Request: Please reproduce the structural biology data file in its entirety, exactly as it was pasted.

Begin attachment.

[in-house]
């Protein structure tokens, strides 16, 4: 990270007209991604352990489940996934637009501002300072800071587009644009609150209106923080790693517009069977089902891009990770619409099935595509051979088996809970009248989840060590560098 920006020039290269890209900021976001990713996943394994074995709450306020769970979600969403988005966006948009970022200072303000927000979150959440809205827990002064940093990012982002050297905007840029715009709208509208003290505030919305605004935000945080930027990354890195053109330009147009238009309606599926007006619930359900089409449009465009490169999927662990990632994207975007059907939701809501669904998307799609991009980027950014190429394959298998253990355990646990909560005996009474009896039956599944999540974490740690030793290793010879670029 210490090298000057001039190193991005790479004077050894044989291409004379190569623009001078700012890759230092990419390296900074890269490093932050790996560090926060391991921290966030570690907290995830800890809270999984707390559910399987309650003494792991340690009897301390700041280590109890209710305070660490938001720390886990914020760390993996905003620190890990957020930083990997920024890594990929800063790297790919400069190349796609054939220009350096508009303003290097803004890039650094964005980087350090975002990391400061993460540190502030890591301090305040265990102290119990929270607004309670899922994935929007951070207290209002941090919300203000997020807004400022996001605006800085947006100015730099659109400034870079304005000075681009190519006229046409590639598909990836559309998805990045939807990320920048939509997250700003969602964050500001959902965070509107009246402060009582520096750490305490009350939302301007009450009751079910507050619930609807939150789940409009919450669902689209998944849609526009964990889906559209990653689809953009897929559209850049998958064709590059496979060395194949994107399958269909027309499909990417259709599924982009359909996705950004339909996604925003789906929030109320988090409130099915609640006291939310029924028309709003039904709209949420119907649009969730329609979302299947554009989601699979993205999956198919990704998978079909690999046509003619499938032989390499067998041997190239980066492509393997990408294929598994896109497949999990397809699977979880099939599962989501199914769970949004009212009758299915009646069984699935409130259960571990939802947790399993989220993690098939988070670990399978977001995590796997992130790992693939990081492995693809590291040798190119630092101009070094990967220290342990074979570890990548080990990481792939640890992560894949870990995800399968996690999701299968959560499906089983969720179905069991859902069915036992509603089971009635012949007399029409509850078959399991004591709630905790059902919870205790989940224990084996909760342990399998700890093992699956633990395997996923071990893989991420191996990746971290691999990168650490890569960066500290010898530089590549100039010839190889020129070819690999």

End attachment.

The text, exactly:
[in-house]
């Protein structure tokens, strides 16, 4: 990270007209991604352990489940996934637009501002300072800071587009644009609150209106923080790693517009069977089902891009990770619409099935595509051979088996809970009248989840060590560098 920006020039290269890209900021976001990713996943394994074995709450306020769970979600969403988005966006948009970022200072303000927000979150959440809205827990002064940093990012982002050297905007840029715009709208509208003290505030919305605004935000945080930027990354890195053109330009147009238009309606599926007006619930359900089409449009465009490169999927662990990632994207975007059907939701809501669904998307799609991009980027950014190429394959298998253990355990646990909560005996009474009896039956599944999540974490740690030793290793010879670029 210490090298000057001039190193991005790479004077050894044989291409004379190569623009001078700012890759230092990419390296900074890269490093932050790996560090926060391991921290966030570690907290995830800890809270999984707390559910399987309650003494792991340690009897301390700041280590109890209710305070660490938001720390886990914020760390993996905003620190890990957020930083990997920024890594990929800063790297790919400069190349796609054939220009350096508009303003290097803004890039650094964005980087350090975002990391400061993460540190502030890591301090305040265990102290119990929270607004309670899922994935929007951070207290209002941090919300203000997020807004400022996001605006800085947006100015730099659109400034870079304005000075681009190519006229046409590639598909990836559309998805990045939807990320920048939509997250700003969602964050500001959902965070509107009246402060009582520096750490305490009350939302301007009450009751079910507050619930609807939150789940409009919450669902689209998944849609526009964990889906559209990653689809953009897929559209850049998958064709590059496979060395194949994107399958269909027309499909990417259709599924982009359909996705950004339909996604925003789906929030109320988090409130099915609640006291939310029924028309709003039904709209949420119907649009969730329609979302299947554009989601699979993205999956198919990704998978079909690999046509003619499938032989390499067998041997190239980066492509393997990408294929598994896109497949999990397809699977979880099939599962989501199914769970949004009212009758299915009646069984699935409130259960571990939802947790399993989220993690098939988070670990399978977001995590796997992130790992693939990081492995693809590291040798190119630092101009070094990967220290342990074979570890990548080990990481792939640890992560894949870990995800399968996690999701299968959560499906089983969720179905069991859902069915036992509603089971009635012949007399029409509850078959399991004591709630905790059902919870205790989940224990084996909760342990399998700890093992699956633990395997996923071990893989991420191996990746971290691999990168650490890569960066500290010898530089590549100039010839190889020129070819690999």